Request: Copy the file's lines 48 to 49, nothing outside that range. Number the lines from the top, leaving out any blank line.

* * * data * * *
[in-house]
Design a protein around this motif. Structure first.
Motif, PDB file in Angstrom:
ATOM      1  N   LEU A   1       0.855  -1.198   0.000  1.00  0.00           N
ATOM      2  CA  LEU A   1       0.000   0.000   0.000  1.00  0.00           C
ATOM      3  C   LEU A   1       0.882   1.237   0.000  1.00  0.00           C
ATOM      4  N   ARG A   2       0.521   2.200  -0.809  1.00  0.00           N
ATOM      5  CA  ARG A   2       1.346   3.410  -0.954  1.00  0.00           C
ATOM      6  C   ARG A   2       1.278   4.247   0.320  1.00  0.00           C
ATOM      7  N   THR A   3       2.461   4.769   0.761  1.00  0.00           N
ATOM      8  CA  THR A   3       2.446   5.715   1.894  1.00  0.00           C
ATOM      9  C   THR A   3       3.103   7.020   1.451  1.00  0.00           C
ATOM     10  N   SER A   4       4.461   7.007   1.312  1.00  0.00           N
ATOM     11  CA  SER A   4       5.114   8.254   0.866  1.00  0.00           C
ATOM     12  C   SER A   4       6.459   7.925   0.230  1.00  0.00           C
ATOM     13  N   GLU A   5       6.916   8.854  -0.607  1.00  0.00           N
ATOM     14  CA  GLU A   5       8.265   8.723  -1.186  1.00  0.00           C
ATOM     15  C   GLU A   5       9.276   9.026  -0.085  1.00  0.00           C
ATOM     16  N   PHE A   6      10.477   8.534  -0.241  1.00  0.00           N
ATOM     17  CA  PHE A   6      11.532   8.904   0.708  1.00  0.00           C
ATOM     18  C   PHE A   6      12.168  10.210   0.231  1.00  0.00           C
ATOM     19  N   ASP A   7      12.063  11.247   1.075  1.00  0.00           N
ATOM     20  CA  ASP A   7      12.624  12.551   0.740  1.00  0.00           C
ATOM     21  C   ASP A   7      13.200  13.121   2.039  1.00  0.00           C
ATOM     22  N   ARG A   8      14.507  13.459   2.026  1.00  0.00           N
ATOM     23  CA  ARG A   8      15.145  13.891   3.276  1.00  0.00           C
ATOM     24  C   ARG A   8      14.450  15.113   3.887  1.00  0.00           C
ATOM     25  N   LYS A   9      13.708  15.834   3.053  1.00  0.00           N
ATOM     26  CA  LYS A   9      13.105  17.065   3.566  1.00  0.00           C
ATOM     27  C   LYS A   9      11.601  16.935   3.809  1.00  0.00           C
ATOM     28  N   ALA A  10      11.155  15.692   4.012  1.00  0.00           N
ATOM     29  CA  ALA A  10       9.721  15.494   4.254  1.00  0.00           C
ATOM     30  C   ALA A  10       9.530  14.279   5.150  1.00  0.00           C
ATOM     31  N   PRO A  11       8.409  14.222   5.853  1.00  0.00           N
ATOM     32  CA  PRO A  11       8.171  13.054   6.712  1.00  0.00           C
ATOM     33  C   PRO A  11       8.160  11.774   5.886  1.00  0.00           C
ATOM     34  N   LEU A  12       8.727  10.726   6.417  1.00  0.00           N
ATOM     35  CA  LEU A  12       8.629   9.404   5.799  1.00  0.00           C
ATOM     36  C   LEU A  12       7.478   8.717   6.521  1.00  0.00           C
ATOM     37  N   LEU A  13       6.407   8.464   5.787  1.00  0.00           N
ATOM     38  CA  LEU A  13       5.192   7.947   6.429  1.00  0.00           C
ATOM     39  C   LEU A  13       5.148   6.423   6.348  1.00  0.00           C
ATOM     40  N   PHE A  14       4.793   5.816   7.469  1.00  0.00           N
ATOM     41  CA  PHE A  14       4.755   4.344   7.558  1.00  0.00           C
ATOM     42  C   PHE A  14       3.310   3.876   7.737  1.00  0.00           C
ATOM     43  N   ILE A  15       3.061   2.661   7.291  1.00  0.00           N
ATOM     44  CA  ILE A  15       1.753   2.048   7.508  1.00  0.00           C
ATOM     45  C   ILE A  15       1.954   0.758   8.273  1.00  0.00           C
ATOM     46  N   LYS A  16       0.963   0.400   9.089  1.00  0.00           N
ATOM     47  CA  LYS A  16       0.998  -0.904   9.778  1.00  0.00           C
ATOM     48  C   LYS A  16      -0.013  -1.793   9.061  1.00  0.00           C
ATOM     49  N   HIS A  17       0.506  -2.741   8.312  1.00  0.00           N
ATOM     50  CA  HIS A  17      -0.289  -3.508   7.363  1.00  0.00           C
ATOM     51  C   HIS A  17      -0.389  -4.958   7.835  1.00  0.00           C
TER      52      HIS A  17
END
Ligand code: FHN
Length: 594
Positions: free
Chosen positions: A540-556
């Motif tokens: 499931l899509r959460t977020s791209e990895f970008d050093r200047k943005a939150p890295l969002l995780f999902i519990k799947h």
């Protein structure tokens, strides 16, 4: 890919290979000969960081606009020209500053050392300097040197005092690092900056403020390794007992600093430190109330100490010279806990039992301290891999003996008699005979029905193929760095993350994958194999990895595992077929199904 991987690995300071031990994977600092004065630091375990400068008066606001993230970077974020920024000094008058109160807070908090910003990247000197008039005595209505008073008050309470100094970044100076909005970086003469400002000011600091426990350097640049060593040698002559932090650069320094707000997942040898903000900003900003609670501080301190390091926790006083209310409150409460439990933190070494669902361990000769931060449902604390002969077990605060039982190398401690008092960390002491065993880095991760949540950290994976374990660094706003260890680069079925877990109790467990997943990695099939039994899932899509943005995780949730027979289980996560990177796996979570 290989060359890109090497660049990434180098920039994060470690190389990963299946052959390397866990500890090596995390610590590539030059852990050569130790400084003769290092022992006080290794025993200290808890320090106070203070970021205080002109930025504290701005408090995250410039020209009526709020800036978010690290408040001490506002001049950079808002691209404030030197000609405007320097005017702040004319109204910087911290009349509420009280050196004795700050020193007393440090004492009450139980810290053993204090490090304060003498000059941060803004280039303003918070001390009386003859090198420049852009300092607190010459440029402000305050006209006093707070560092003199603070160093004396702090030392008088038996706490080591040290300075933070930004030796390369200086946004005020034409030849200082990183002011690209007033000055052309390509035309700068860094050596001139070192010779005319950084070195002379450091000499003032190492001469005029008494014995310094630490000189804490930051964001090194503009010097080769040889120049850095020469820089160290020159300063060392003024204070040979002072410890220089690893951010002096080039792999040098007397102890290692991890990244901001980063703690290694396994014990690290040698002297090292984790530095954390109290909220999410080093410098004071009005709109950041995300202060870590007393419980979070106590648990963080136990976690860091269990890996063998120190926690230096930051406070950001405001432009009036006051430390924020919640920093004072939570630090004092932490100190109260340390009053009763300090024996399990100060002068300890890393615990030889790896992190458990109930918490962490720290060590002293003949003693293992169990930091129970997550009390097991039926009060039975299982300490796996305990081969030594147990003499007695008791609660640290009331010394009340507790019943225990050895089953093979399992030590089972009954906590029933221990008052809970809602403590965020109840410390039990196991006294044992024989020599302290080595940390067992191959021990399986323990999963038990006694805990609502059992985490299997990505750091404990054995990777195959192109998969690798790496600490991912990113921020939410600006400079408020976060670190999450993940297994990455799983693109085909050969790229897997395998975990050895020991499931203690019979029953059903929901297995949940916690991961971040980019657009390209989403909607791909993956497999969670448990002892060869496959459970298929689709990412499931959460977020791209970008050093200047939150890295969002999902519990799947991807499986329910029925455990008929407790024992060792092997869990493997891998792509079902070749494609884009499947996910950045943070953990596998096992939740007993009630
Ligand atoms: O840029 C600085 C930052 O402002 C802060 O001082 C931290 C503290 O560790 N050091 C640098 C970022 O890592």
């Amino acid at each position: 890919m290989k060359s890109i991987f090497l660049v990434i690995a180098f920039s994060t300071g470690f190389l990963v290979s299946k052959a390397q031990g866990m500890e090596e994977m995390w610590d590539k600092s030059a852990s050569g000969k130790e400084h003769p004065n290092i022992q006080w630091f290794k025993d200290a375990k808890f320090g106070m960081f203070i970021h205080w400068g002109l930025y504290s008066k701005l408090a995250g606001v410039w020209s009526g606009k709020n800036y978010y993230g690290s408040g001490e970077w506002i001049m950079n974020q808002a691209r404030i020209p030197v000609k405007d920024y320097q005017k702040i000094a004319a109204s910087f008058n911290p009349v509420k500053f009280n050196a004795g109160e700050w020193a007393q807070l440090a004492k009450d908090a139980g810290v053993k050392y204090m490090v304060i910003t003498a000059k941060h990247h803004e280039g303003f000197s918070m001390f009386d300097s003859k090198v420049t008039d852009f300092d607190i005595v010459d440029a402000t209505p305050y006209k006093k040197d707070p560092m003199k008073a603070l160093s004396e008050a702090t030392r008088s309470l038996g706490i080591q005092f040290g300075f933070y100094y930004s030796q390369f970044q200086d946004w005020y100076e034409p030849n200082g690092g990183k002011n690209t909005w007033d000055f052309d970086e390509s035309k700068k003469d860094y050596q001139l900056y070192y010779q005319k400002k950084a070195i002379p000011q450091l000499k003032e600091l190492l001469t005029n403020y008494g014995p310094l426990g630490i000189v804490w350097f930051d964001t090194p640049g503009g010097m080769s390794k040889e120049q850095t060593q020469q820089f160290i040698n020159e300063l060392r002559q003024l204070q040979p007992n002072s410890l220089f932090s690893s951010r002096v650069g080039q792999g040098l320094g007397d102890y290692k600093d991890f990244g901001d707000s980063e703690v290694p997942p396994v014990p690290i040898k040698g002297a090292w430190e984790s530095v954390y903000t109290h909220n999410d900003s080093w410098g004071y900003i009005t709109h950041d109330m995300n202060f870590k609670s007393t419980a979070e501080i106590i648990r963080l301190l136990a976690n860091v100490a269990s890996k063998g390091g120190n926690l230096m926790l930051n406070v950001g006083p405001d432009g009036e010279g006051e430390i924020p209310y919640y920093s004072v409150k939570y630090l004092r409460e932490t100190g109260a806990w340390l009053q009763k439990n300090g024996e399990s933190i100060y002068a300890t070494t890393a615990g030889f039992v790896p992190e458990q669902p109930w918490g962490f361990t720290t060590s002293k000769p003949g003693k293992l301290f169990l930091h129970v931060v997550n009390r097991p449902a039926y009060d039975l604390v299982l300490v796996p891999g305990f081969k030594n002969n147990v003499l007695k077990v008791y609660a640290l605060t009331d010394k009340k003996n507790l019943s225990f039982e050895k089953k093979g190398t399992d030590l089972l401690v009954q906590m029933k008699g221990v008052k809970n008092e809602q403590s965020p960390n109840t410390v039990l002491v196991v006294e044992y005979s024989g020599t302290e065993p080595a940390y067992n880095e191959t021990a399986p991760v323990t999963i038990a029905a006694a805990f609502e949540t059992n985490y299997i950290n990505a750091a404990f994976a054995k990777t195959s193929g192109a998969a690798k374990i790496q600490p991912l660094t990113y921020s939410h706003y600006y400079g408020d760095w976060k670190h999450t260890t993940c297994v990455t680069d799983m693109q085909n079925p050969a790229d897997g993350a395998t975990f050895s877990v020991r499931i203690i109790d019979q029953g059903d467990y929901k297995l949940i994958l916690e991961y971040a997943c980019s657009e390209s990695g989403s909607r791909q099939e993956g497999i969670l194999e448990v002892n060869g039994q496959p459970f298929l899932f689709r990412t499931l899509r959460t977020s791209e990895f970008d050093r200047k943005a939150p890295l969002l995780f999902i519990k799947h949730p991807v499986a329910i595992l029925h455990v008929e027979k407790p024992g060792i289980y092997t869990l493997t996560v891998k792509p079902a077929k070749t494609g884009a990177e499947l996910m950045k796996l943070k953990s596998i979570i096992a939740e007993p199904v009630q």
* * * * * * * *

ATOM     45  C   ILE A  15       1.954   0.758   8.273  1.00  0.00           C
ATOM     46  N   LYS A  16       0.963   0.400   9.089  1.00  0.00           N